While joint anti-terrorism efforts may top the agenda Monday when Egyptian President Abdul Fatah al-Sisi meets with President Trump, some Egyptian Christians say religious freedom issues must take center stage in the discussions.
In July 2013, when General Al-Sisi seized power after millions of Egyptians took to the streets demanding an end to Muslim Brotherhood rule, the country’s Christians—led by Coptic Orthodox Pope Tawadros stood beside him.
Nearly four years later, many Egyptian Christians feel they made a mistake.
Christians suffered immensely under the Muslim Brotherhood and at least 80 churches and Christian religious institutions were burned or damaged by brotherhood supporters in August 2013, but they say little has changed for them under President al-Sisi’s rule.
Christians are still struggling to protect their lives, homes, churches, business, and daughters from militant Islam and they say the government has done little to change it.
Coptic Solidarity reports a rise in attacks during the past two years and at least 30 cases of violence against Christians since last fall.
President al-Sisi is likely to tell President Trump that he’s done much to treat Christians as important members of Egyptian society and that he worked hard to convince parliamentarians to pass a new church construction law. Coptics say the 2016 law is full of loopholes and restrictions that still make it difficult for new churches to be built, or for improvements to be made to existing ones.
When militant Muslims attack Christians in their neighborhoods and villages, often police and firefighters are slow to respond and Christians say on many occasions, Christian victims are jailed instead of the Muslim perpetrators.
Community leaders hold so-called “reconciliation meetings” to resolve disputes between Muslims and Christians. The gatherings are often use by Muslims to intimidate Christians and force them to accept terms favoring the Muslim majority. Many times Christians are pressured to drop police complaints against their Muslim attackers, or they are forced to leave their homes and move to another village.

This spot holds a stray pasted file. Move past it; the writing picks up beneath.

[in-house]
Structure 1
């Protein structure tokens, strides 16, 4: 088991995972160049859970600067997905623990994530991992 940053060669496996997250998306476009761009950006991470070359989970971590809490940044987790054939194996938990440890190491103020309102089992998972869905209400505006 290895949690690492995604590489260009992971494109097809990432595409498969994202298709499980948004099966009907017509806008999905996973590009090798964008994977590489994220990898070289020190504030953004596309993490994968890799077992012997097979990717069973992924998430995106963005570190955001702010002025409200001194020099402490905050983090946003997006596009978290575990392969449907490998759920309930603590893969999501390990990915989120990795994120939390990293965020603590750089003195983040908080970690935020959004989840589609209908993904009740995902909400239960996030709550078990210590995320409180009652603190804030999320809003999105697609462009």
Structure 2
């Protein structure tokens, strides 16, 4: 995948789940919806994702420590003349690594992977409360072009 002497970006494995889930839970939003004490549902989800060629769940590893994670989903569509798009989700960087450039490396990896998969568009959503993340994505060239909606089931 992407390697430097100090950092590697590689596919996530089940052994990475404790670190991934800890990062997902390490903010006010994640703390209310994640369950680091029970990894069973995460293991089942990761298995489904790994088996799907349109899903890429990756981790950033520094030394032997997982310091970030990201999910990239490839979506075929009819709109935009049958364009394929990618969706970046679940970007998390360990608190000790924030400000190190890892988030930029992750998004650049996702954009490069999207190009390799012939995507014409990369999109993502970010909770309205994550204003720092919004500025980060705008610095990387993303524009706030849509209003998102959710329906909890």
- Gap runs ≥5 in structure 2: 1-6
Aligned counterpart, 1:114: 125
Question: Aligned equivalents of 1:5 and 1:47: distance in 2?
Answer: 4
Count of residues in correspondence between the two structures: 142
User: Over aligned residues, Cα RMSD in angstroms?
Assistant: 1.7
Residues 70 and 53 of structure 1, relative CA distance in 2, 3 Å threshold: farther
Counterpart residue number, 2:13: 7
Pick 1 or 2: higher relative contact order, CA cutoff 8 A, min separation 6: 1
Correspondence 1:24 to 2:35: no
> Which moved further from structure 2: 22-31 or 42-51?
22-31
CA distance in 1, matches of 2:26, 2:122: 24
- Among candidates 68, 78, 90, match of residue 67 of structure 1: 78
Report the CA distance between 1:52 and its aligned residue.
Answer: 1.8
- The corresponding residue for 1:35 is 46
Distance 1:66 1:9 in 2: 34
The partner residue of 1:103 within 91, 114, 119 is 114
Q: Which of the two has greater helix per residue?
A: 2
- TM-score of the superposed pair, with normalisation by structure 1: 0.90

Young Christian women are frequently targeted for kidnap and forced conversion to Islam. Testimony before The Helsinki Commission revealed at least 800 known abduction cases.
While members of this ancient Christian community pray for relief, they realize God, not government is their only hope and true protector.
But Christians say there is more al-Sisi can do to help them thrive as equal members of Egyptian society.
Al-Sisi’s visit—less than 80-days into the Trump presidency demonstrates the importance President Trump places on the U.S. Egypt friendship.
A true friend openly expresses concern about the other’s harmful behavior. Honesty is an important part of friendship, and so is an insistence that friends demonstrate a commitment to conduct that is worthy of the relationship.
Egyptian Christians say Trump should require nothing less from America’s friend, al-Sisi.